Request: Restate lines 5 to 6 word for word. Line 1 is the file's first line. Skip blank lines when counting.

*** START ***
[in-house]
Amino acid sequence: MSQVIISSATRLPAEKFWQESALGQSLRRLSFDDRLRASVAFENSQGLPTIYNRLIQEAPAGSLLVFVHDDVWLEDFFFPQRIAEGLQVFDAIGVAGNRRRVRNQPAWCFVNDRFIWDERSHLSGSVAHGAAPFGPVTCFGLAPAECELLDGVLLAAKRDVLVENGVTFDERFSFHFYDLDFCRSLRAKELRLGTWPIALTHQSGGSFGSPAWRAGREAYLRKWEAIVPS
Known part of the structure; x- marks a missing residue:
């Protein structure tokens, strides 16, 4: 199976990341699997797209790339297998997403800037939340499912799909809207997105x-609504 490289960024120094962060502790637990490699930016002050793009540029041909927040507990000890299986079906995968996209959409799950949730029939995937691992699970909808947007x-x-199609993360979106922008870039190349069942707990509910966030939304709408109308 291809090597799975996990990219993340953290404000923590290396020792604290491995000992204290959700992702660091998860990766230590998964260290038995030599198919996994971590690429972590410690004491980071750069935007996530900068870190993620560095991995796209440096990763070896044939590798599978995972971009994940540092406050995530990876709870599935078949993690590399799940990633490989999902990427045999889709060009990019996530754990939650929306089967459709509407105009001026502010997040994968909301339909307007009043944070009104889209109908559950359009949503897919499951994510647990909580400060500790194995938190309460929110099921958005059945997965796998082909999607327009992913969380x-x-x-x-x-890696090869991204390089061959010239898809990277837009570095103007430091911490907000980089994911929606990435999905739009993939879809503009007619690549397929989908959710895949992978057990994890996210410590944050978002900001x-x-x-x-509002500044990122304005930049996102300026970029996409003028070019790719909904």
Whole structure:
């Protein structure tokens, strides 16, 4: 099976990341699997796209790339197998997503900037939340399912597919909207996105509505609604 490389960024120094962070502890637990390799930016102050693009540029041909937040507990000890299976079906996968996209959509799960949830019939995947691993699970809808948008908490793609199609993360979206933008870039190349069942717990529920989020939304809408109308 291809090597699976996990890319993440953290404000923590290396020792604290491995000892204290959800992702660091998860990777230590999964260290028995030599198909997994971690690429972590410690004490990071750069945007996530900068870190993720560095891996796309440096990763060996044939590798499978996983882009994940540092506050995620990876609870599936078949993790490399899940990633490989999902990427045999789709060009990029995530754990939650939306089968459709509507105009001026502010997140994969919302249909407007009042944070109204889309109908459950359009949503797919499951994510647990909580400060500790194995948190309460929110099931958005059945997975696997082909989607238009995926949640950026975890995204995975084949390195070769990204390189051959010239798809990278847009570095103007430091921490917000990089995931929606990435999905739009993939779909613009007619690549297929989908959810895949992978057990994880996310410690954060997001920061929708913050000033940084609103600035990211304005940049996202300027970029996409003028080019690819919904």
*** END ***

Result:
Whole structure:
């Protein structure tokens, strides 16, 4: 099976990341699997796209790339197998997503900037939340399912597919909207996105509505609604 490389960024120094962070502890637990390799930016102050693009540029041909937040507990000890299976079906996968996209959509799960949830019939995947691993699970809808948008908490793609199609993360979206933008870039190349069942717990529920989020939304809408109308 291809090597699976996990890319993440953290404000923590290396020792604290491995000892204290959800992702660091998860990777230590999964260290028995030599198909997994971690690429972590410690004490990071750069945007996530900068870190993720560095891996796309440096990763060996044939590798499978996983882009994940540092506050995620990876609870599936078949993790490399899940990633490989999902990427045999789709060009990029995530754990939650939306089968459709509507105009001026502010997140994969919302249909407007009042944070109204889309109908459950359009949503797919499951994510647990909580400060500790194995948190309460929110099931958005059945997975696997082909989607238009995926949640950026975890995204995975084949390195070769990204390189051959010239798809990278847009570095103007430091921490917000990089995931929606990435999905739009993939779909613009007619690549297929989908959810895949992978057990994880996310410690954060997001920061929708913050000033940084609103600035990211304005940049996202300027970029996409003028080019690819919904």